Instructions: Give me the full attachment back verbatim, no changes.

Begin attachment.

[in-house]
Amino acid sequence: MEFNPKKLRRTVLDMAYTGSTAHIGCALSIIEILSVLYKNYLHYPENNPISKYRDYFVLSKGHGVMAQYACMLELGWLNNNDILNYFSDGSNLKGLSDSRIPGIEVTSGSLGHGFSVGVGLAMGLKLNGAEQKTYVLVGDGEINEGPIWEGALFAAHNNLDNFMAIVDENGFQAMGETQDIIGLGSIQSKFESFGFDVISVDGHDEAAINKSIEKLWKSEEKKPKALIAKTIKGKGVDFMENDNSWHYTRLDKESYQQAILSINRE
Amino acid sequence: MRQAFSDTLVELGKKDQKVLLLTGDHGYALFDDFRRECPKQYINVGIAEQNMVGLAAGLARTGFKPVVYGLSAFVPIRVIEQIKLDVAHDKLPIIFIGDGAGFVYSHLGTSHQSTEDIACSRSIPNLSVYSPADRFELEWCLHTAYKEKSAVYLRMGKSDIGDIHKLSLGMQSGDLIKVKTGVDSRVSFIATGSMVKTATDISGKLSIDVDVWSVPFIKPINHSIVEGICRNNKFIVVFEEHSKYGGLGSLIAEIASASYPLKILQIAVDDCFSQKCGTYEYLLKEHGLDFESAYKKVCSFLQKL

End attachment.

[in-house]
Amino acid sequence: MEFNPKKLRRTVLDMAYTGSTAHIGCALSIIEILSVLYKNYLHYPENNPISKYRDYFVLSKGHGVMAQYACMLELGWLNNNDILNYFSDGSNLKGLSDSRIPGIEVTSGSLGHGFSVGVGLAMGLKLNGAEQKTYVLVGDGEINEGPIWEGALFAAHNNLDNFMAIVDENGFQAMGETQDIIGLGSIQSKFESFGFDVISVDGHDEAAINKSIEKLWKSEEKKPKALIAKTIKGKGVDFMENDNSWHYTRLDKESYQQAILSINRE
Amino acid sequence: MRQAFSDTLVELGKKDQKVLLLTGDHGYALFDDFRRECPKQYINVGIAEQNMVGLAAGLARTGFKPVVYGLSAFVPIRVIEQIKLDVAHDKLPIIFIGDGAGFVYSHLGTSHQSTEDIACSRSIPNLSVYSPADRFELEWCLHTAYKEKSAVYLRMGKSDIGDIHKLSLGMQSGDLIKVKTGVDSRVSFIATGSMVKTATDISGKLSIDVDVWSVPFIKPINHSIVEGICRNNKFIVVFEEHSKYGGLGSLIAEIASASYPLKILQIAVDDCFSQKCGTYEYLLKEHGLDFESAYKKVCSFLQKL